Tracy King, CEO and Chief Learning Strategist of InspirEd, has tips to ensure you’re getting eyes and ears during your virtual eLearning event and not daydreamers.
Session Lengths and Breaks
Even if your learners typically work from home, a Virtual Conference can be a very different learning experience, “consuming content through a screen is fatiguing, and it’s a space we are not used to attending and focusing [on],” says Tracy. Design your sessions with your learners in mind, so your event doesn’t feel like an endurance marathon. When determining session length, consider learning outcomes and the medium, but generally, Virtual Conference sessions should be short about 30-45 minutes. If you plan to go longer, make sure you include interaction (more on that later) and breaks.
Breaks are essential. Presenters and learners need time to stretch, check email, grab a snack/drink, and the ever-necessary bio break. They won’t want to miss a single second of the stellar programming you lined up. To make sure you are giving your learners enough breaks, follow Tracy’s lead:
- 90 minute session = 5 minute break
- Half-day sessions = 15 minute breaks every 90 minutes
Let your learners know when to expect breaks and when exactly they start and stop. Stick to those times. Do not let stragglers derail your conference agenda. If the break is 10 minutes, begin promptly after those 10 minutes are up.
If you’re still unsure of how to design your session, Tracy suggests following the 10×10 Rule: 10 minutes of content and 10 minutes of interaction. The idea is not to be regimented and constantly alternating but for equal parts presentation to equal parts interaction. Speaking of interaction…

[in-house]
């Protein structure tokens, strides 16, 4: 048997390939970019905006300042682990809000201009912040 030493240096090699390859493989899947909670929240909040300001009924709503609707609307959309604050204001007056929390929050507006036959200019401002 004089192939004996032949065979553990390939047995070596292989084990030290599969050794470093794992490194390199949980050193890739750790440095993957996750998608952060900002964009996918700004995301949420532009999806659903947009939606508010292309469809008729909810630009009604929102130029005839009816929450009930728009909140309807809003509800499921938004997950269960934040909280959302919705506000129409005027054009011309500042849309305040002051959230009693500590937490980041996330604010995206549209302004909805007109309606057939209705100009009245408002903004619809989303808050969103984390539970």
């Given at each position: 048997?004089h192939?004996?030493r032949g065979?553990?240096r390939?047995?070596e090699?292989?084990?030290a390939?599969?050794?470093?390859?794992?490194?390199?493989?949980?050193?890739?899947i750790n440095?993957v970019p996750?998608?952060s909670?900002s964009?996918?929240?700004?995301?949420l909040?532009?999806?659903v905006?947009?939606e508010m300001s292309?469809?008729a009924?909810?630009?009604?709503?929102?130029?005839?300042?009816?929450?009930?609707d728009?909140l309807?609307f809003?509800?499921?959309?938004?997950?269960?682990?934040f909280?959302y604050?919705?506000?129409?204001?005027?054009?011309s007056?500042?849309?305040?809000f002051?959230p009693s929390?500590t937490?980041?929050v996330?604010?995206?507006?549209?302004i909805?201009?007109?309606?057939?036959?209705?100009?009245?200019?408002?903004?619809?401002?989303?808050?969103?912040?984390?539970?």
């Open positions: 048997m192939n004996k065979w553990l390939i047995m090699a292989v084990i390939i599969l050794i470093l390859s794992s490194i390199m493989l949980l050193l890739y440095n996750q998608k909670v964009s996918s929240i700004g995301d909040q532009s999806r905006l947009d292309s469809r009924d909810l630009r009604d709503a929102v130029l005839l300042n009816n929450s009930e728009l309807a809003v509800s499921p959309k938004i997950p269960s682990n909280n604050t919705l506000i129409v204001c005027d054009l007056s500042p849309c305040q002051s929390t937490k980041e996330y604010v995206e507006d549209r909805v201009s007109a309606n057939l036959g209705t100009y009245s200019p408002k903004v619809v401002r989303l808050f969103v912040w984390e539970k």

Make it Interactive
Don’t shy away from interactivity just because your conference is virtual. Depending on the platform you chose to use for your conference, there may be a host of tools for you to make session hands-on. CommPartners integrates with Zoom, which features tools like a chatbox, whiteboard, Q&A, and polling. These tools can be used as ice breakers, but they should be used to advance learning as well, says Tracy:
- Use the whiteboard in small groups for collaborative projects.
- Poll learners to gauge opinions.
- Facilitate discussion and reflection in the chatbox.
Within CommPartners’ Elevate LMS, or Learning Management System, there are opportunities to make the website interactive for learners:
- Include discussion boards to facilitate conversation, include industry experts as discussion moderators.
- Embed a welcome video introducing your learners to the conference. Make it interactive by giving them a fun task to complete, like asking them to comment where they are joining from on the discussion board.
- If your conference has an Exhibit Hall, utilize chat features so exhibitors and attendees can converse at a booth.
- Create a site scavenger hunt to encourage your learners to explore the whole website, directing them to important features. The winners can receive a prize!
Put the Net in Networking
One aspect of conferences that attendees look forward to the most is the opportunity to network and socialize with other industry professionals. Just because your conference has switched to a virtual platform doesn’t mean the opportunity has to go away. Take advantage of the popular Virtual Happy Hours. Try focusing each Happy Hour around a specific topic, profession, or a previous session so they don’t become overwhelming with too many participants.